For the past eight years I have worked within the niche I.T sector of Print Management for an American fortune 500 company and a global Japanese company, both concerned with the sale of printers and software solutions for large Corporate and Commercial businesses with household names such as BOOTS, Northern Rock and KPMG forming part of my client base.
My journey has taken me from humble beginnings as a successful software solution sales specialist, to managing an eighteen strong solution sales team and developing sales strategies implemented in the United Kingdom and across Europe.
Throughout my eight year journey I have learnt many lessons and I now look back laughing to myself about some of the mistakes I have made along the way. Fortunately they were a blessing in disguise and a great platform to learn and develop my own personal art of selling. One experience always comes to the fore when I reminisce, it’s that glazed vacant look of the customer when you have bombarded them with lots of technical speak and jargon, showed them your plethora of software’s and sat back with pride at your technical prowess, whilst the customer was overwhelmed with information and probably left more confused than when you arrived.
This experience was a catalyst to analysing my pitch and a crucial beginning to understanding my customer and their requirement’s, whilst communicating a simple solution that would fulfil and or hopefully exceed their requirements. Sounds easy hey? Well those of you from a technical background will understand our propensity to overcomplicating everything; we just love the buzz of our acquired technical knowledge. My first step was to learn from others, studying the printer salesman’s behaviours and interaction with their customers, and learning all those famous cliché lines and phrases. One saying and principle that has always served me well is “People Buy Off People”. My experiences have led me to understand it’s as much about you as a person, your personality, your shared interests with the customer, your integrity and simply put your personable manner, than it is about your product and services. Have you ever gone to a high street store to buy a PC where the salesperson asks you “Can I help you?” You almost predict it before you walk through the door, and pre arm the automatic response of “I am just looking for now” at which the sales cycle is closed, sent in to reverse, the customer empowered and the salesperson becomes all but a bystander to you the window shopper.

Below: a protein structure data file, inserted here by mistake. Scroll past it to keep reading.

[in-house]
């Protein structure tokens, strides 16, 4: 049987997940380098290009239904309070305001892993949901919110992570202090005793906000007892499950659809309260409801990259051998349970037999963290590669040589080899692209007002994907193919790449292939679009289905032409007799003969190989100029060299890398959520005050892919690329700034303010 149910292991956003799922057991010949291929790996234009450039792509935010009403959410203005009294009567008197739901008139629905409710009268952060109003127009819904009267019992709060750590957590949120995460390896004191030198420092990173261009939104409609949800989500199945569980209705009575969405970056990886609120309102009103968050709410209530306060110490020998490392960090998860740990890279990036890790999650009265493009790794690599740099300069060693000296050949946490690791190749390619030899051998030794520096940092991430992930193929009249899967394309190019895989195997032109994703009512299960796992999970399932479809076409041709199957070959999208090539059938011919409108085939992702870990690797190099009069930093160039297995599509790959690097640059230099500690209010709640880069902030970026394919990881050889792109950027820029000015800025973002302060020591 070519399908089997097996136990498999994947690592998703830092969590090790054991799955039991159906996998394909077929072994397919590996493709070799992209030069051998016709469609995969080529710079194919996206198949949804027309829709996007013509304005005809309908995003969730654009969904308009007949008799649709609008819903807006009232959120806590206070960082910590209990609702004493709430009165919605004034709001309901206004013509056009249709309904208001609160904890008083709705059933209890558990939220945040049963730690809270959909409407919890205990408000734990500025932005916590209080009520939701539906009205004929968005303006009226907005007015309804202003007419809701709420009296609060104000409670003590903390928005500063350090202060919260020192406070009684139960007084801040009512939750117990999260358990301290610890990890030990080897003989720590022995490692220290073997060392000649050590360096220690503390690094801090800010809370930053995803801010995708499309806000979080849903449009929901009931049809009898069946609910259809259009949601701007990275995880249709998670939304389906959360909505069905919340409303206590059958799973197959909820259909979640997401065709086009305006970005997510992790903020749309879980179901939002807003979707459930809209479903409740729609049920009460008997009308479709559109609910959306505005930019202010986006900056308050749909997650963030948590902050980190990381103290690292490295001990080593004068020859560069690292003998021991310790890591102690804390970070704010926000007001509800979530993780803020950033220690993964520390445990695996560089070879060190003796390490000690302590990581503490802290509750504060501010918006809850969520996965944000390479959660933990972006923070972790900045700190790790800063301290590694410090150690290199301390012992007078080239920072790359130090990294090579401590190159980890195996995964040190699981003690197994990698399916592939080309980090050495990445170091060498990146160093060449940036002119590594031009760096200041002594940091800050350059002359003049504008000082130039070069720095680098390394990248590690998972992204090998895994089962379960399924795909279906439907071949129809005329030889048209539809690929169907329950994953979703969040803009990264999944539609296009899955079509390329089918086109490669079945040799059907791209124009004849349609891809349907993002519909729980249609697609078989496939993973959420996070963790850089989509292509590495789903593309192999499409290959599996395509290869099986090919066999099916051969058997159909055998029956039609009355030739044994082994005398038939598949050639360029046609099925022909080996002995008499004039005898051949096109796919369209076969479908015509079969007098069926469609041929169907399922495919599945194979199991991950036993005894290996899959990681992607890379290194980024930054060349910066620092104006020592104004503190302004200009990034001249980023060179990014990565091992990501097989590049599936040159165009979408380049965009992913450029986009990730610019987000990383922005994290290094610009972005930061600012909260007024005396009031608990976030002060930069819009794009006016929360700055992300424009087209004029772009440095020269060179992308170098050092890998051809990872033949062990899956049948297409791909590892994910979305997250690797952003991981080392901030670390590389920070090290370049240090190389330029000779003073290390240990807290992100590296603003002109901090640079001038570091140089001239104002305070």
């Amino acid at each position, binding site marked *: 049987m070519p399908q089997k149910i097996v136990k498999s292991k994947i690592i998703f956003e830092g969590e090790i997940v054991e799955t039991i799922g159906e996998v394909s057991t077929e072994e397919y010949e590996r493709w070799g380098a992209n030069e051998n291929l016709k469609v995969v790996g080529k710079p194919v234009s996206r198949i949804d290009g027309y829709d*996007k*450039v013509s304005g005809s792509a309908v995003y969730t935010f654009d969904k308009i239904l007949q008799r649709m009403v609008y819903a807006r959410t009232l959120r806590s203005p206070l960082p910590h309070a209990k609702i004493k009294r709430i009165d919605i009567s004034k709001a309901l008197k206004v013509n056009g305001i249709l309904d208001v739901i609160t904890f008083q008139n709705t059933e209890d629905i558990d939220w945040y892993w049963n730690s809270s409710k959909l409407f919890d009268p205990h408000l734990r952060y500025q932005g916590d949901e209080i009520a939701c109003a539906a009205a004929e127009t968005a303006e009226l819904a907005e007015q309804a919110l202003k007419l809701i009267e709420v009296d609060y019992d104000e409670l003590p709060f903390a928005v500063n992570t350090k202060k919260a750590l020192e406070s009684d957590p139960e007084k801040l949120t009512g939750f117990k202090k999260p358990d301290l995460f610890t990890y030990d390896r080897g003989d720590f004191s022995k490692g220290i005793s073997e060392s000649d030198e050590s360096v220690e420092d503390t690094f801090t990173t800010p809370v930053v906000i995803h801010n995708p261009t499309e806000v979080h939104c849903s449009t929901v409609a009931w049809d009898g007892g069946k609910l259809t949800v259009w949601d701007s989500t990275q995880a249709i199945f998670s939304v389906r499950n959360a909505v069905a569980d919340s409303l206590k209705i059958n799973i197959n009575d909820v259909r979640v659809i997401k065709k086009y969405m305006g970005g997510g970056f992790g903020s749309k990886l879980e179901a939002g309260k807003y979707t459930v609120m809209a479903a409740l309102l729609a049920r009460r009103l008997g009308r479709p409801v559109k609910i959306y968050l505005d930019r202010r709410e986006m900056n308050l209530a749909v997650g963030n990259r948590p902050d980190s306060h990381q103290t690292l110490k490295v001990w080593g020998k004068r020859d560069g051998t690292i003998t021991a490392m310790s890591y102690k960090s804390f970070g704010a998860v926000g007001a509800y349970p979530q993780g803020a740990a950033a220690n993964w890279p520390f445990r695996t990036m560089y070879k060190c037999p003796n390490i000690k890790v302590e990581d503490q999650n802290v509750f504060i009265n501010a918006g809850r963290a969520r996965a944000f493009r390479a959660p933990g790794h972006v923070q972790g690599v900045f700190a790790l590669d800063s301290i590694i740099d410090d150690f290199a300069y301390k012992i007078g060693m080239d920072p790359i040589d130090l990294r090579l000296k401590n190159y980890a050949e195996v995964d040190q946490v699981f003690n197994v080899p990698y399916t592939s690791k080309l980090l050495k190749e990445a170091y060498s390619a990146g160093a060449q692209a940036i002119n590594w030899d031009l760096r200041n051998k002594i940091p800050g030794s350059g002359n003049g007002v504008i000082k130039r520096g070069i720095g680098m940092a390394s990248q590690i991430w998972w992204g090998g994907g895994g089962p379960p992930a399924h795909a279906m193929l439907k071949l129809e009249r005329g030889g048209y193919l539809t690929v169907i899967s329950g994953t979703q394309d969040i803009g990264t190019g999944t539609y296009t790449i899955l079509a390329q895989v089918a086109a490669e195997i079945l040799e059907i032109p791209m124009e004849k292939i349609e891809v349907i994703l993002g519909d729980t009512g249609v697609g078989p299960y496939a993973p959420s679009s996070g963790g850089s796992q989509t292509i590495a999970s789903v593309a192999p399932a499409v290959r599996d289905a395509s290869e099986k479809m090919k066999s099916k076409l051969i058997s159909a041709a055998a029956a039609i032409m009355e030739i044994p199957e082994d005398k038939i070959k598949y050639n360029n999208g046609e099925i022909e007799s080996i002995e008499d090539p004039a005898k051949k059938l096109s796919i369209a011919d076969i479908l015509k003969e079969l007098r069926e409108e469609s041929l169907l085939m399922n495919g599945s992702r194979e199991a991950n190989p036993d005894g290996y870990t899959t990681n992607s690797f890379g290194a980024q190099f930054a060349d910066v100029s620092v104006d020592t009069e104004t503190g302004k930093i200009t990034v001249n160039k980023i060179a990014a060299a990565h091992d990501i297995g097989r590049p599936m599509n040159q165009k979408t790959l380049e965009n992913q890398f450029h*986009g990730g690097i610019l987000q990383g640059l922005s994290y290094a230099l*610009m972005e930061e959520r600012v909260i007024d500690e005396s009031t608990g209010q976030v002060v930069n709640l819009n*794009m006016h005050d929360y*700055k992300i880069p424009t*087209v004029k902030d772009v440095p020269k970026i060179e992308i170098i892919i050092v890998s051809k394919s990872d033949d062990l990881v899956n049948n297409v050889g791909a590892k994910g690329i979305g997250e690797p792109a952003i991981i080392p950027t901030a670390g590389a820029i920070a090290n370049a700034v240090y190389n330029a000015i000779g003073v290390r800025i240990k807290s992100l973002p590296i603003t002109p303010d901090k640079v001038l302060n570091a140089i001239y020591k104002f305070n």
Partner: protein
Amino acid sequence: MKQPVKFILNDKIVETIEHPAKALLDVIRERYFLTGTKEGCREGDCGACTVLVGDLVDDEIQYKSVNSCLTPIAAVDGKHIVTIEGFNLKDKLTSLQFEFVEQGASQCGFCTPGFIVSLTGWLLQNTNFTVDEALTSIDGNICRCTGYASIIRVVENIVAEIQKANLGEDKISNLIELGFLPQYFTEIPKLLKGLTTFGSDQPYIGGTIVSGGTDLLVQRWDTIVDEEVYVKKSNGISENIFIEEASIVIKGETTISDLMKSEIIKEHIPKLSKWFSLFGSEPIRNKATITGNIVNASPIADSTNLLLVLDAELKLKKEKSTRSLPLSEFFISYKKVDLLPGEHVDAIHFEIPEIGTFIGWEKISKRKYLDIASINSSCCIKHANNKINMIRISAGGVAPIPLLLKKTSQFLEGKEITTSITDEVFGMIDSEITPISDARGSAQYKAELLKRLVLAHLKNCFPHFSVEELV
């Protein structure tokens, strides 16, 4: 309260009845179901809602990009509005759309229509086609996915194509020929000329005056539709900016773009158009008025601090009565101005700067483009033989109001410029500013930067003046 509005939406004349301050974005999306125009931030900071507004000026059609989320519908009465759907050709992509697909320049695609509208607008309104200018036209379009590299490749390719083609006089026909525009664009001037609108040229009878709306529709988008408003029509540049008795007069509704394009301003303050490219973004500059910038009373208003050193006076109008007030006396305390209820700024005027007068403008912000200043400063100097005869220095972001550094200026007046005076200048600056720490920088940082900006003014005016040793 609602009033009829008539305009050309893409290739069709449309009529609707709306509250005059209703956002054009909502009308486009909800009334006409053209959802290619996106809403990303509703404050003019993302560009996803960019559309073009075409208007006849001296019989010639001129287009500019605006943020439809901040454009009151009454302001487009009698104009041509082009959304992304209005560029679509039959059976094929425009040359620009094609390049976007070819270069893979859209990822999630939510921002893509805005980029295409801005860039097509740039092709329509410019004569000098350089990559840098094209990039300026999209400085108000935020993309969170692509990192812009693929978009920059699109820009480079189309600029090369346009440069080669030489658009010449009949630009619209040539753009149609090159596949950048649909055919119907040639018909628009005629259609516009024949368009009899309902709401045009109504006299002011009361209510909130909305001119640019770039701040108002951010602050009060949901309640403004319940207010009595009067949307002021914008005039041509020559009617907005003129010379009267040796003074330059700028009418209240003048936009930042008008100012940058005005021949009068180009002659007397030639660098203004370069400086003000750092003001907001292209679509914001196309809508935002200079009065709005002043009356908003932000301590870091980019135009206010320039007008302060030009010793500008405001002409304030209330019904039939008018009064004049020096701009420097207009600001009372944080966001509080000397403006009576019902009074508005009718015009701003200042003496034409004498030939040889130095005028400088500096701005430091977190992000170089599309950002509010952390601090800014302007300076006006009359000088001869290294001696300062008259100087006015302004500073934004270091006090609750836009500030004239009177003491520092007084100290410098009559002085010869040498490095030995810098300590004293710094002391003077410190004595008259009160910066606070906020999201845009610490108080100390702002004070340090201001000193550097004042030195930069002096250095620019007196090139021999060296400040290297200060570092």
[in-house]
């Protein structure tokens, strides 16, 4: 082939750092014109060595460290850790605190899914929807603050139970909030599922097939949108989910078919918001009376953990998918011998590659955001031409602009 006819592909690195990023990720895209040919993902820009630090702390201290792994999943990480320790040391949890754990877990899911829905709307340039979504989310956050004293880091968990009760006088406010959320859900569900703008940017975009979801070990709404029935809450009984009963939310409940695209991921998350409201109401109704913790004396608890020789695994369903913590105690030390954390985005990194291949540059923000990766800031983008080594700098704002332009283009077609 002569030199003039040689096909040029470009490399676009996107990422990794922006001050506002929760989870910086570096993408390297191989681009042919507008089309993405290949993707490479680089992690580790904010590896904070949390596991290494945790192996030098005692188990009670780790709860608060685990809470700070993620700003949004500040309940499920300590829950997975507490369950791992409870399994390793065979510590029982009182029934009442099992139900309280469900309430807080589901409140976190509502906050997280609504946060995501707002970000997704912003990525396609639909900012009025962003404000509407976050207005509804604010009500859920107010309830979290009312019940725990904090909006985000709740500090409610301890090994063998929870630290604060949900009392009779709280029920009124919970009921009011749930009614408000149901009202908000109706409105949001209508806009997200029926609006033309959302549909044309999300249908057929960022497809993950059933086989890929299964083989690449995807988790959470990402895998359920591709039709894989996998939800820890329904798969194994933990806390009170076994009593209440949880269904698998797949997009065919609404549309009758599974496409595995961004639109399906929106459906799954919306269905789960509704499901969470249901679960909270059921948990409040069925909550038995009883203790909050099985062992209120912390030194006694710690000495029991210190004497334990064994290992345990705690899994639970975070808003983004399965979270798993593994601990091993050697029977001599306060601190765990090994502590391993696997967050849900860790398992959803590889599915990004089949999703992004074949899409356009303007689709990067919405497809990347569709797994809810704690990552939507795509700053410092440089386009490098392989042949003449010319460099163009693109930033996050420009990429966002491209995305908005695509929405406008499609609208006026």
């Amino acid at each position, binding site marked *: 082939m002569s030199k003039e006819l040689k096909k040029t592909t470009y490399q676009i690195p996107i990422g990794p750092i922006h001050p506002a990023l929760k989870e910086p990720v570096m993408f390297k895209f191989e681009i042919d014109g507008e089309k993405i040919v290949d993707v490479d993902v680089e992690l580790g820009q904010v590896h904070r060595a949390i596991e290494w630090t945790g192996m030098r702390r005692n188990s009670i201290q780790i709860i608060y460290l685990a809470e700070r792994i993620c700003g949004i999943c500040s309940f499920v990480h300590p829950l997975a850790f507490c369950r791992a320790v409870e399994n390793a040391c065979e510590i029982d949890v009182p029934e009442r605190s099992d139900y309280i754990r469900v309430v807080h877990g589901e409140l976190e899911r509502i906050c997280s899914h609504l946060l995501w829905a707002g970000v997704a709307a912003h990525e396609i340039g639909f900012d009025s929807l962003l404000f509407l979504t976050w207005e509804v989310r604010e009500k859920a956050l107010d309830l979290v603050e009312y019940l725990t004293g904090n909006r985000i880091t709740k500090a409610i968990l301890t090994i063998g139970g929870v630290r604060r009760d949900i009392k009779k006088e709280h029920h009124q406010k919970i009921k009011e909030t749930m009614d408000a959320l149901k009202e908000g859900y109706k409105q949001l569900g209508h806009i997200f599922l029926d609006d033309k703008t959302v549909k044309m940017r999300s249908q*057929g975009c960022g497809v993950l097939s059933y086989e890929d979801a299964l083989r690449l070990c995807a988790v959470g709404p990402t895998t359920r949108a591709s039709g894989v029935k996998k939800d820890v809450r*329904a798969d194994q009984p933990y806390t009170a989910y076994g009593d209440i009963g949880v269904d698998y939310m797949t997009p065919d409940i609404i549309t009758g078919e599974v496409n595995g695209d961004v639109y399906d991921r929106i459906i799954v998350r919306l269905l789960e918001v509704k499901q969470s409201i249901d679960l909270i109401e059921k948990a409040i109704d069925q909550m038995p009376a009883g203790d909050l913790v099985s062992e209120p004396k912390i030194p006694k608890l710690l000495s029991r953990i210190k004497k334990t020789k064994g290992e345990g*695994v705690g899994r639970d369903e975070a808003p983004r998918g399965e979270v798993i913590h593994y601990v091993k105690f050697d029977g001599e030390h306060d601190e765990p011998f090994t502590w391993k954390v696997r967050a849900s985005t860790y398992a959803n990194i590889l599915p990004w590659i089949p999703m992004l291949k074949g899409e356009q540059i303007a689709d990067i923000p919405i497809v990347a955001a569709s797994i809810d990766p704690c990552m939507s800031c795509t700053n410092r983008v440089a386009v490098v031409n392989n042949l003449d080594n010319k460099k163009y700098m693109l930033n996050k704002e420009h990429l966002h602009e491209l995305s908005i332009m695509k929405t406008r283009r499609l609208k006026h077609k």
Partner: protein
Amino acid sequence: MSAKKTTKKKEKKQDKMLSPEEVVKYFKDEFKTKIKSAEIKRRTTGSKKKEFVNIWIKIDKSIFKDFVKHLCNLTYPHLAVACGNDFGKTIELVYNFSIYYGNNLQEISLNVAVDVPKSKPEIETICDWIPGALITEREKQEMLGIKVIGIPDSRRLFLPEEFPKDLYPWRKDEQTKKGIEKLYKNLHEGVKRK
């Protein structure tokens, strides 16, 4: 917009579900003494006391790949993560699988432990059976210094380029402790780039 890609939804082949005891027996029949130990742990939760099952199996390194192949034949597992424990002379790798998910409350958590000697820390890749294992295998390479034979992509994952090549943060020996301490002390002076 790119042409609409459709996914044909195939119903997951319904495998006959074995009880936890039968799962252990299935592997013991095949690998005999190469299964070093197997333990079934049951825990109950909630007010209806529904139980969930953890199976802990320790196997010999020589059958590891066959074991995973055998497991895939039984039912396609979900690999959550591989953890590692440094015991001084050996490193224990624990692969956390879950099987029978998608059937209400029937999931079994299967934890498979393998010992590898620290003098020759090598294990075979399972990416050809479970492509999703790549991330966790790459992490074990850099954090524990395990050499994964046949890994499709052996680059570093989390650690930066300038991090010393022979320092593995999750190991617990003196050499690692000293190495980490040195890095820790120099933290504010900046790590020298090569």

I remember one of my Sales Directors explaining to me how he always watched the sport highlights over the weekend, so when he visited his customers he could talk to them about the football results, Formula One or a sport that was close to the customer’s heart. It was very clever it was like he had found a golden key through the protective armour of the customer, which most customers and people subconsciously arm themselves with when facing the Salesperson!!! So my first step was to become this personable person with my customers. I was lucky people say I am a likeable person and I have never struggled to interact with people in a multitude of social situations, may be some of my life experiences such as teaching hundreds of people Karate gave me that confidence and understanding. Well I didn’t start watching the football highlights but I did take on board this principle and develop my own way. This point moves me on quite nicely to my second area of successful sales, being you.